I know this has nothing to do with the OPs question but I just noticed that most people are always believing in this myth so decided to just post this when I read it.

    As for the OP, 90k as a new grad. Even in NYC is unlikely unless you are working overtime, extra part time, or per diem job on the side.
  6. by   Nola009
    Let's presume you're lucky enough to find a desirable job immediately following your schooling/NCLEX. You could expect to make half of what you currently do, starting in this new career. You could climb up to 60-70k with time, hard work, and dedication. And fyi, in my experience, ASN and BSN holding RNs make about the same.
  7. by   WookieeRN
    My mom is an ADN/RN and makes $50/hr without shift differential but has been a nurse 20ish years and works right outside of Boston.
  8. by   lifelearningrn
    Where in TX are you? Hubby is a degreed (Master's) and has been in IT for 20 years- he'd love to make 90k!

    Okay, seriously though, it's an employers market right now and jobs aren't easy to come by. LTC is about all that's hiring new grads and even then you're having to pound pavement to get an interview.. You'll work your arse off and to make anything extra you'll need overtime, something they DON'T like to do!

    I definitely recommend you shadowing/volunteering before switching careers because chances are you'll be either working 100+ hours a week or taking quite a pay cut out of the gate.

    On the flip side, you might LOVE it, and if you scale down your spending you might find it to be the best decision you ever made.
  9. by   Loo17
    Quote from pcgizzmo
    Hello,

    My name is Paul and I'm hoping some here can give me some advice and opinions.

    Long story short is My age is 44 and I am currently making 90k per year as an IT person but have very little college. I'm burnt out as I've been in IT for nearly 20 years and would like to do something else.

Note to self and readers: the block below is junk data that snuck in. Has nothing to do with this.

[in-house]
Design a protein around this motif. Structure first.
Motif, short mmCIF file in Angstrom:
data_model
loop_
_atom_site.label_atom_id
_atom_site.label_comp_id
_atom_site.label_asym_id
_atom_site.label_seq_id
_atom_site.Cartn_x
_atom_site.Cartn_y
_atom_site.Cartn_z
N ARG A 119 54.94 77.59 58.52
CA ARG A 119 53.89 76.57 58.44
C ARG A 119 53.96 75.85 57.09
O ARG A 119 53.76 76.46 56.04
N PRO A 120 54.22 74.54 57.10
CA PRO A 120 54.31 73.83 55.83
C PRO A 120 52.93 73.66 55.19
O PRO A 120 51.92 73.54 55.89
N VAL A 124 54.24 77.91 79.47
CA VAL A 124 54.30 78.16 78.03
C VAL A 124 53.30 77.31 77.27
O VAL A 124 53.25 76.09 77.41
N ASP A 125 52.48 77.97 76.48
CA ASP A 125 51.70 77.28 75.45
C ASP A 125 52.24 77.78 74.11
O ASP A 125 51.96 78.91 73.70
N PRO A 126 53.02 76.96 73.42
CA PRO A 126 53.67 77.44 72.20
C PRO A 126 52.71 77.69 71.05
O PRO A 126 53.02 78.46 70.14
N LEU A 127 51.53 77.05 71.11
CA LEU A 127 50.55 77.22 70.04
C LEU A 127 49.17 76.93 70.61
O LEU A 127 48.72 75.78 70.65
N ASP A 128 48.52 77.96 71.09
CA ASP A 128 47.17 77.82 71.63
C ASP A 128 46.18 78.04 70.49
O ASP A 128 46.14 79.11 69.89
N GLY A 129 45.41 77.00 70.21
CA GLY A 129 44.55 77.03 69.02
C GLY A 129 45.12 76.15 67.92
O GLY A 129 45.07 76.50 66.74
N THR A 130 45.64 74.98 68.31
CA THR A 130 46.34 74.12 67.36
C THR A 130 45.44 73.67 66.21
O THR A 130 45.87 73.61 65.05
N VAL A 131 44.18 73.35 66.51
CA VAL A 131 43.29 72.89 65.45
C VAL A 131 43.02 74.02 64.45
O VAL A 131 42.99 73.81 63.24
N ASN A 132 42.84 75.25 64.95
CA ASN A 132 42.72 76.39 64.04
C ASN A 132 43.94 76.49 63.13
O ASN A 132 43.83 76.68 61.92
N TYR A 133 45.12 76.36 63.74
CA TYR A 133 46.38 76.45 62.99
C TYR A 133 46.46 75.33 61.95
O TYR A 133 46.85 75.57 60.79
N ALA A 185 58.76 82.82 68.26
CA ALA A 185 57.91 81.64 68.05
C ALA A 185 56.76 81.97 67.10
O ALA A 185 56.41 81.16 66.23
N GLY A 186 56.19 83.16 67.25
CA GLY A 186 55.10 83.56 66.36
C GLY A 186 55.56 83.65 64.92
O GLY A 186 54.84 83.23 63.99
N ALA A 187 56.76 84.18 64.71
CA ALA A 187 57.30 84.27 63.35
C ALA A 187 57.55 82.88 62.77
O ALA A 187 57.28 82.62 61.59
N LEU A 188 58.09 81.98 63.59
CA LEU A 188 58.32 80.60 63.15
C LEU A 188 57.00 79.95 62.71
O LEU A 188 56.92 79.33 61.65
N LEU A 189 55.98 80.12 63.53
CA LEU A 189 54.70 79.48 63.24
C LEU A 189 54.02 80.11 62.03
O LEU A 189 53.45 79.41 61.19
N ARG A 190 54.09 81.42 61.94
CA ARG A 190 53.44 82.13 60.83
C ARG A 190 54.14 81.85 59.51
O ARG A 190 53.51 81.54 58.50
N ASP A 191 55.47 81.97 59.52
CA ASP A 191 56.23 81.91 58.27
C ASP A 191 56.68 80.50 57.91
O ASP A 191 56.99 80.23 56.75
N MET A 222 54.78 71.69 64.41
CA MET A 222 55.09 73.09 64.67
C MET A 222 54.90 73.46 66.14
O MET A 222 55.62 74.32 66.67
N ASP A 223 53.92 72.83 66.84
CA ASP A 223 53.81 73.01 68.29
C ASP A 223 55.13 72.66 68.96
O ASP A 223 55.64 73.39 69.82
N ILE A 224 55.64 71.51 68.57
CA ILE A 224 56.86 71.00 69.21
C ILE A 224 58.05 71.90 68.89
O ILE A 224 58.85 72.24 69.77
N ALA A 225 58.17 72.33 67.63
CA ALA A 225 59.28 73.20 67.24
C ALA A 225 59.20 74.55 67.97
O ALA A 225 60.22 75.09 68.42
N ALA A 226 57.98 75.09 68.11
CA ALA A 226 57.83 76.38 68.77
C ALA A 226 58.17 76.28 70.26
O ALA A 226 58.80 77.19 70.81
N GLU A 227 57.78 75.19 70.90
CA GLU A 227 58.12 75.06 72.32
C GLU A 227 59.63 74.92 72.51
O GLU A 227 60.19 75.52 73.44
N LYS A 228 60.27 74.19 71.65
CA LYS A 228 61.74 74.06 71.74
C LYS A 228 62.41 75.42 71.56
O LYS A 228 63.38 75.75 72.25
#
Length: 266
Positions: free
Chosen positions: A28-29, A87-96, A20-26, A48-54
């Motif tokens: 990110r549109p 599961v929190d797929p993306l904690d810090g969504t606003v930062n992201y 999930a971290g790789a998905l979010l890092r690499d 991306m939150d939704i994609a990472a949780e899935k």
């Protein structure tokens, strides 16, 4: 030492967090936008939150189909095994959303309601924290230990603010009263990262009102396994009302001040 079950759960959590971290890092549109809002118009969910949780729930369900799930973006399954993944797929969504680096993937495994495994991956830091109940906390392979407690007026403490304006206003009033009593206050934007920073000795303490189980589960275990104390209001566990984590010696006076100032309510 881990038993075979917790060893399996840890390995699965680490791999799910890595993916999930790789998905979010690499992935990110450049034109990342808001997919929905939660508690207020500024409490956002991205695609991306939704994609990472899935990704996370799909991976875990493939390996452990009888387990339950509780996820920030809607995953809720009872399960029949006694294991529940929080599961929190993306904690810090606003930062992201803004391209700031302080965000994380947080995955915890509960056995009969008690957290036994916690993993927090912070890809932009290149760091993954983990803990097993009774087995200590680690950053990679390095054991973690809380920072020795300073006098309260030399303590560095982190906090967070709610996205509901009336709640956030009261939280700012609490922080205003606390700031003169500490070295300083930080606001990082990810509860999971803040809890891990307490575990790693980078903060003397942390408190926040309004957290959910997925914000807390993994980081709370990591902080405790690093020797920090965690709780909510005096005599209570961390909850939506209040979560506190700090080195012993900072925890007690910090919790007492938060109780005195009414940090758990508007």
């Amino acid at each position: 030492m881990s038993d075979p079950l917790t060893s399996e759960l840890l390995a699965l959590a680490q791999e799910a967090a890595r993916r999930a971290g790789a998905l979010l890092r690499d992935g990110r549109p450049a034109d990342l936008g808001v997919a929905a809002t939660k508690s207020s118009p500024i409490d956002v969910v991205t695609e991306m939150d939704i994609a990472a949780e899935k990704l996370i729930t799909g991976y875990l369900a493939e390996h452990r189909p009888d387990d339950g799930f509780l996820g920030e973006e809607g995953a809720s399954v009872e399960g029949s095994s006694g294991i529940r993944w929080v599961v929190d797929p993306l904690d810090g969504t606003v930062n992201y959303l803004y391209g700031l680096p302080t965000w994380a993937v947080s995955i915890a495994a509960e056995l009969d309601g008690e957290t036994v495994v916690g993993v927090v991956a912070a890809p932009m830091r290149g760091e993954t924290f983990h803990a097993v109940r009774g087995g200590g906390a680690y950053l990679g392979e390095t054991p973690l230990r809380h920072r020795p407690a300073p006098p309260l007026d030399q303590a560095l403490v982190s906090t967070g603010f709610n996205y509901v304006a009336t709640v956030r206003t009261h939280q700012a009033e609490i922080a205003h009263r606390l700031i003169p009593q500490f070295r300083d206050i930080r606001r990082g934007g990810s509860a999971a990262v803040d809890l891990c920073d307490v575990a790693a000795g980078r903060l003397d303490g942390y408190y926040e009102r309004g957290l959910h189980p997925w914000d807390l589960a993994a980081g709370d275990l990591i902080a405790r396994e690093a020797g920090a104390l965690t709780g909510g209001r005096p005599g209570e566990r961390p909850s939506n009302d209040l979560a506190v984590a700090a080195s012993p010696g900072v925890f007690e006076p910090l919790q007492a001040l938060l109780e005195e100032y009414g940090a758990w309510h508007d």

My sister is a Dr. and I have a yearning to help people. I'm also a health nut and enjoy medical things. I'm thinking about going to college and getting my ADN/RN. My questions are this:

    1. Is it possible to make my current salary of 90k per year as an RN? What route would be the best to take to get there? I think I would enjoy critical care and ER work. Also possibly OR nursing.

    2. Is what I'm asking feasible? It's been a long time since I've been in school. I'm a smart guy but I've struggled with math in the past and it's been a long time since I've done any math.

    Thanks in advance for your help and advice!!!
    Depends where you live. I have an ADN, work in the ER and make that much. Been a nurse for about 5 years. I live in CT. I often work 12 hours of OT a week though. I also suck at math. My first year full time I made about 60k.

    Good luck!
  10. by   TiffyRN
    Quote from Loo17
    I often work 12 hours of OT a week though. I also suck at math. My first year full time I made about 60k.

    Good luck!
    Love this. Yep, I have coworkers that write down every clock-in, clock-out, double check every calculation payroll makes and you know what? They find errors off and on. Guess I'm just gonna get cheated a little because payroll has managed to totally confuse me what with my three different differentials that phase in and out all weekend (evenings, nights, weekend nights, weekend evenings, weekend plan evening pay, weekend plan nights. . . ).

    If I make within $100-200 dollars of the same amount and I didn't take PTO or work an on call, I just move on.